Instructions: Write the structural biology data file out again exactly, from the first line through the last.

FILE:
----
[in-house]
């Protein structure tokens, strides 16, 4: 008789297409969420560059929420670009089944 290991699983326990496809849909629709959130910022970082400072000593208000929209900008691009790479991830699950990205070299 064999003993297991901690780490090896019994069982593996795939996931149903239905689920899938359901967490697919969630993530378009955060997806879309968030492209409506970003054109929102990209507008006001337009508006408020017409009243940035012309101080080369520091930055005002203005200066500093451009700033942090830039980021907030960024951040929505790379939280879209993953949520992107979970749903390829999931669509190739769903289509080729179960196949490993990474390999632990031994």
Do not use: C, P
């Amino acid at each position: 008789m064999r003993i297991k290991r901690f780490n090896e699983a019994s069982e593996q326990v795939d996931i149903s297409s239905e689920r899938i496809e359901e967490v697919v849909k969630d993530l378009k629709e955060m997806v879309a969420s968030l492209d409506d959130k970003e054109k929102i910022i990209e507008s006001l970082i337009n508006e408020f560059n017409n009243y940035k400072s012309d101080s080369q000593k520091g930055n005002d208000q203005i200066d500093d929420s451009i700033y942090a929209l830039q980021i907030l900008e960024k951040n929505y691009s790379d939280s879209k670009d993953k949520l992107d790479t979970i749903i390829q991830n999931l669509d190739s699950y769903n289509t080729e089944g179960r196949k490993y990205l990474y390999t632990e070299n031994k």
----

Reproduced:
[in-house]
């Protein structure tokens, strides 16, 4: 008789297409969420560059929420670009089944 290991699983326990496809849909629709959130910022970082400072000593208000929209900008691009790479991830699950990205070299 064999003993297991901690780490090896019994069982593996795939996931149903239905689920899938359901967490697919969630993530378009955060997806879309968030492209409506970003054109929102990209507008006001337009508006408020017409009243940035012309101080080369520091930055005002203005200066500093451009700033942090830039980021907030960024951040929505790379939280879209993953949520992107979970749903390829999931669509190739769903289509080729179960196949490993990474390999632990031994």
Do not use: C, P
């Amino acid at each position: 008789m064999r003993i297991k290991r901690f780490n090896e699983a019994s069982e593996q326990v795939d996931i149903s297409s239905e689920r899938i496809e359901e967490v697919v849909k969630d993530l378009k629709e955060m997806v879309a969420s968030l492209d409506d959130k970003e054109k929102i910022i990209e507008s006001l970082i337009n508006e408020f560059n017409n009243y940035k400072s012309d101080s080369q000593k520091g930055n005002d208000q203005i200066d500093d929420s451009i700033y942090a929209l830039q980021i907030l900008e960024k951040n929505y691009s790379d939280s879209k670009d993953k949520l992107d790479t979970i749903i390829q991830n999931l669509d190739s699950y769903n289509t080729e089944g179960r196949k490993y990205l990474y390999t632990e070299n031994k």